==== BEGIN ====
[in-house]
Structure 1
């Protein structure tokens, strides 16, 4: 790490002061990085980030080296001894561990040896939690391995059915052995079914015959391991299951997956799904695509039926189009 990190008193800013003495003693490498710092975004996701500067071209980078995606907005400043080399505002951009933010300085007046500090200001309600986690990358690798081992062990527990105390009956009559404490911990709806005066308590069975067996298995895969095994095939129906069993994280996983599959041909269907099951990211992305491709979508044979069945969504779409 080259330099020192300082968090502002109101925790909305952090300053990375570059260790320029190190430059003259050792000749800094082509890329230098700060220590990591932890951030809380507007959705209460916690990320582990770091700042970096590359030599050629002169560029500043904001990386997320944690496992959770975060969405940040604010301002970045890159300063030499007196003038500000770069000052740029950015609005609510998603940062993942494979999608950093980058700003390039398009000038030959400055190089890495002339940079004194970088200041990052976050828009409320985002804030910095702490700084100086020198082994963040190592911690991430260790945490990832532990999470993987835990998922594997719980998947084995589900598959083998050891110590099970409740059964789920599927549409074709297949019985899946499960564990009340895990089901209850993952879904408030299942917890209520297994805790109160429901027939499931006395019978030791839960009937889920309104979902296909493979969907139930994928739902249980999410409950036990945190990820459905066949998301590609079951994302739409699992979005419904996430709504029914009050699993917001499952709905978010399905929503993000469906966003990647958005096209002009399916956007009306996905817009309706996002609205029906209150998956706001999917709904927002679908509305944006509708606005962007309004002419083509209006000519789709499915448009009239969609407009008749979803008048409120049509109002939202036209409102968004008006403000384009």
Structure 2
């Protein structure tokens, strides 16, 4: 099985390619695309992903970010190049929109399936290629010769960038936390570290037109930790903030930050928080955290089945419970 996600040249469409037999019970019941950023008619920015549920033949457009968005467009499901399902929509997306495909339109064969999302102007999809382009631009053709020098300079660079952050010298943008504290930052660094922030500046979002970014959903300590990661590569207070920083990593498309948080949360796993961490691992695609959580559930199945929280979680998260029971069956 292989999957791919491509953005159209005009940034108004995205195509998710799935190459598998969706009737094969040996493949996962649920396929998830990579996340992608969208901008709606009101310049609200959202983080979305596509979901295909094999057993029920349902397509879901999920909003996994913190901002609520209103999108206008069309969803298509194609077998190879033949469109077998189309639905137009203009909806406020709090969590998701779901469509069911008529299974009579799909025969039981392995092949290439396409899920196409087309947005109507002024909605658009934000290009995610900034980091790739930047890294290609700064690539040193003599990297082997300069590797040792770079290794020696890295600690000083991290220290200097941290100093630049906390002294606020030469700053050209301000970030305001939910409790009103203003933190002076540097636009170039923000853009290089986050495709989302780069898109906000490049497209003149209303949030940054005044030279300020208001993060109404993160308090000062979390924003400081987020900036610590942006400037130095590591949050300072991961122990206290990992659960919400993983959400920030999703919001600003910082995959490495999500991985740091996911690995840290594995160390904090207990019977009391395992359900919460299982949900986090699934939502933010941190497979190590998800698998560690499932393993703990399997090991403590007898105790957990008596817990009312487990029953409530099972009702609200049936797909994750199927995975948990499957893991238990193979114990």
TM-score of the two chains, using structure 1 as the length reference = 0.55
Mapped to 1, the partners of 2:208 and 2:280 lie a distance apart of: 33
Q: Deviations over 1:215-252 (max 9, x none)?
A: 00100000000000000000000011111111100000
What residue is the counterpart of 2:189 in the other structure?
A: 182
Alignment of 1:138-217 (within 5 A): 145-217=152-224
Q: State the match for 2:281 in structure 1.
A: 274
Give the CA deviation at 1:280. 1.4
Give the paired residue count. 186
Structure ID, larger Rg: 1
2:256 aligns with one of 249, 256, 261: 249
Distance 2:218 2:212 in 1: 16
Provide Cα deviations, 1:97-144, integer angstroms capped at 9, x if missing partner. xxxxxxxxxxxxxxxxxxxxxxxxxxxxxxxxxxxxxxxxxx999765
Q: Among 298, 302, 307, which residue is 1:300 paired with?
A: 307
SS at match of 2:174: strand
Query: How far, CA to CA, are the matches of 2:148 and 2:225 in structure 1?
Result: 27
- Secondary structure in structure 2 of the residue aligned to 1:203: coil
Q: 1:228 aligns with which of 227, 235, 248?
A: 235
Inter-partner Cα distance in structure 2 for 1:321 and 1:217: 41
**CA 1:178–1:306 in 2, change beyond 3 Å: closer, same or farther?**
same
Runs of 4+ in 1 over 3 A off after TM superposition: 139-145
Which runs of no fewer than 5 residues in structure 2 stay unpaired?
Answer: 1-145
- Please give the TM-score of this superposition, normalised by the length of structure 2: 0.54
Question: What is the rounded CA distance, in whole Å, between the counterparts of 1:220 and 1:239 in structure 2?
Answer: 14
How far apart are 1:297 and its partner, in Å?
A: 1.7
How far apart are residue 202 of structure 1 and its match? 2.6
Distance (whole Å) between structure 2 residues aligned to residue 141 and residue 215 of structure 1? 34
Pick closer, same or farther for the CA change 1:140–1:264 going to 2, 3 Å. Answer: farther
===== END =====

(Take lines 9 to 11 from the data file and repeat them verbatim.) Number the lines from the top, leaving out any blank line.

A: 00100000000000000000000011111111100000
What residue is the counterpart of 2:189 in the other structure?
A: 182